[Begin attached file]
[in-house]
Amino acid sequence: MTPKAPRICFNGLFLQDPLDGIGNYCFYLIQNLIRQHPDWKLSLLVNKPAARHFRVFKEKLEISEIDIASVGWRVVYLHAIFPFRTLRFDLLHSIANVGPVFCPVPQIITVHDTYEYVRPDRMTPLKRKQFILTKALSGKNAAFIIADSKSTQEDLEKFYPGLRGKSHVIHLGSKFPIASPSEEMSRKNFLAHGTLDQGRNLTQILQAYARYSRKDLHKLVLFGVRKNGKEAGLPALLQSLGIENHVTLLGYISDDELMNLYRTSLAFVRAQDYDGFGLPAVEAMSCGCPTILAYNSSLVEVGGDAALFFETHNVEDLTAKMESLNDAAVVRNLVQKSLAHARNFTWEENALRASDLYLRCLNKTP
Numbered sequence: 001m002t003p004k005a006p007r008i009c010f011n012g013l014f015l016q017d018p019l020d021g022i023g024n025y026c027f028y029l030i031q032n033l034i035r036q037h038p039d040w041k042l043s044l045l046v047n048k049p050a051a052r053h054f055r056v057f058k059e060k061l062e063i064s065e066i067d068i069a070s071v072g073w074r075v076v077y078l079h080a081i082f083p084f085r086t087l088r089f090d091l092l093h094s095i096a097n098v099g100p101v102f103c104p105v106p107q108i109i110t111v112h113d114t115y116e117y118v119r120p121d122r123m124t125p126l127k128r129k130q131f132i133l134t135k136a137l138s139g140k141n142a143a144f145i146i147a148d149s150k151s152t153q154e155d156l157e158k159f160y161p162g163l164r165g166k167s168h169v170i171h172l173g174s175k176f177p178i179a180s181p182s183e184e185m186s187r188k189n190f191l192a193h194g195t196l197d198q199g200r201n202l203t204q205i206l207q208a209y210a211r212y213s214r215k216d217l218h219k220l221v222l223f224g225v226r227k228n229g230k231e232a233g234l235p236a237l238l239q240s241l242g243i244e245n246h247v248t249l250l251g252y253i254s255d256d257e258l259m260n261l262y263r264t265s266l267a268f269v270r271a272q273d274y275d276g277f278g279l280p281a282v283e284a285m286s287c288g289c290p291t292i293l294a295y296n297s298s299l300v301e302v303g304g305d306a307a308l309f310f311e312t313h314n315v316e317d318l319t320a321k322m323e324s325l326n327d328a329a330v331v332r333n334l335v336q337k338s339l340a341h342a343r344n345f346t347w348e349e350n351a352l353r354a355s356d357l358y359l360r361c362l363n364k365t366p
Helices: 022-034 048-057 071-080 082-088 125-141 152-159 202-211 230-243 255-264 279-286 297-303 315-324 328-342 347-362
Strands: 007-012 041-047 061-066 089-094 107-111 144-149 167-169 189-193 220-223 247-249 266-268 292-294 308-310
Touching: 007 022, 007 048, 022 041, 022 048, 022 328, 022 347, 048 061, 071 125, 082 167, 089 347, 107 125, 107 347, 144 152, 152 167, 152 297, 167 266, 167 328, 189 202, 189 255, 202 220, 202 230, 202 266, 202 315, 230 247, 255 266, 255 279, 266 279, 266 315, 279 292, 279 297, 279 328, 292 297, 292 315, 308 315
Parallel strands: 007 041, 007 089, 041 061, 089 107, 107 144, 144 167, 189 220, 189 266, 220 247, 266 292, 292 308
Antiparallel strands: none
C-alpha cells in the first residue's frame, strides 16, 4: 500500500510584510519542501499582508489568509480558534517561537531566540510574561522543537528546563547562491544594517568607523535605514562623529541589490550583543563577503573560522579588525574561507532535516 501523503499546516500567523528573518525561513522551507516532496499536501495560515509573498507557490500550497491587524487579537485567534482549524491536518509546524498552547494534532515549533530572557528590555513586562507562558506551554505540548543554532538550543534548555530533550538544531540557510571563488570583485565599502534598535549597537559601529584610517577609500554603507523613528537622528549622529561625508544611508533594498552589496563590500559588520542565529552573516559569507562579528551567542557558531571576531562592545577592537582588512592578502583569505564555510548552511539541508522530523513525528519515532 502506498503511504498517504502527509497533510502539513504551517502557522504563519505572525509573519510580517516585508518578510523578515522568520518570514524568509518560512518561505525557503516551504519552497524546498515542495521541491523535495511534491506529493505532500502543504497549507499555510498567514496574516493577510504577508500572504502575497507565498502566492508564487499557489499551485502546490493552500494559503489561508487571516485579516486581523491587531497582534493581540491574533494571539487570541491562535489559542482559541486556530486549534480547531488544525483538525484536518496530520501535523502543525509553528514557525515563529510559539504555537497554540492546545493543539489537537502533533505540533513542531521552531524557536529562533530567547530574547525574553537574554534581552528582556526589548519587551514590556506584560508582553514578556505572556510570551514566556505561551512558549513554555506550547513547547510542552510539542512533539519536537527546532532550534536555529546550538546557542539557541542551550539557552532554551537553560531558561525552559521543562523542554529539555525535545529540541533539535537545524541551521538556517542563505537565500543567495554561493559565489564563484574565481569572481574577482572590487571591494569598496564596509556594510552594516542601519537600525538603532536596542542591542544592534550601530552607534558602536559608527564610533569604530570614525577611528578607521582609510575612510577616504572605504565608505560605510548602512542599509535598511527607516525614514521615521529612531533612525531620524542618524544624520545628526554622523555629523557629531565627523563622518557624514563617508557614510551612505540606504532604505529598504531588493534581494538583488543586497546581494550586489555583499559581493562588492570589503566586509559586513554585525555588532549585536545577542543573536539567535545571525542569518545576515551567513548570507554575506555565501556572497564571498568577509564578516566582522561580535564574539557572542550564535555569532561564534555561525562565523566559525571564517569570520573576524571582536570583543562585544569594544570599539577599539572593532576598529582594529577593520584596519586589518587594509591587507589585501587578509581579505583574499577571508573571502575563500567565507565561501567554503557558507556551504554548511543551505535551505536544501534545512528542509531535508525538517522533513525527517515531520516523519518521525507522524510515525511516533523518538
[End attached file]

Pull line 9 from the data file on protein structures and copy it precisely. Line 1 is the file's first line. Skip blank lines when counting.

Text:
C-alpha cells in the first residue's frame, strides 16, 4: 500500500510584510519542501499582508489568509480558534517561537531566540510574561522543537528546563547562491544594517568607523535605514562623529541589490550583543563577503573560522579588525574561507532535516 501523503499546516500567523528573518525561513522551507516532496499536501495560515509573498507557490500550497491587524487579537485567534482549524491536518509546524498552547494534532515549533530572557528590555513586562507562558506551554505540548543554532538550543534548555530533550538544531540557510571563488570583485565599502534598535549597537559601529584610517577609500554603507523613528537622528549622529561625508544611508533594498552589496563590500559588520542565529552573516559569507562579528551567542557558531571576531562592545577592537582588512592578502583569505564555510548552511539541508522530523513525528519515532 502506498503511504498517504502527509497533510502539513504551517502557522504563519505572525509573519510580517516585508518578510523578515522568520518570514524568509518560512518561505525557503516551504519552497524546498515542495521541491523535495511534491506529493505532500502543504497549507499555510498567514496574516493577510504577508500572504502575497507565498502566492508564487499557489499551485502546490493552500494559503489561508487571516485579516486581523491587531497582534493581540491574533494571539487570541491562535489559542482559541486556530486549534480547531488544525483538525484536518496530520501535523502543525509553528514557525515563529510559539504555537497554540492546545493543539489537537502533533505540533513542531521552531524557536529562533530567547530574547525574553537574554534581552528582556526589548519587551514590556506584560508582553514578556505572556510570551514566556505561551512558549513554555506550547513547547510542552510539542512533539519536537527546532532550534536555529546550538546557542539557541542551550539557552532554551537553560531558561525552559521543562523542554529539555525535545529540541533539535537545524541551521538556517542563505537565500543567495554561493559565489564563484574565481569572481574577482572590487571591494569598496564596509556594510552594516542601519537600525538603532536596542542591542544592534550601530552607534558602536559608527564610533569604530570614525577611528578607521582609510575612510577616504572605504565608505560605510548602512542599509535598511527607516525614514521615521529612531533612525531620524542618524544624520545628526554622523555629523557629531565627523563622518557624514563617508557614510551612505540606504532604505529598504531588493534581494538583488543586497546581494550586489555583499559581493562588492570589503566586509559586513554585525555588532549585536545577542543573536539567535545571525542569518545576515551567513548570507554575506555565501556572497564571498568577509564578516566582522561580535564574539557572542550564535555569532561564534555561525562565523566559525571564517569570520573576524571582536570583543562585544569594544570599539577599539572593532576598529582594529577593520584596519586589518587594509591587507589585501587578509581579505583574499577571508573571502575563500567565507565561501567554503557558507556551504554548511543551505535551505536544501534545512528542509531535508525538517522533513525527517515531520516523519518521525507522524510515525511516533523518538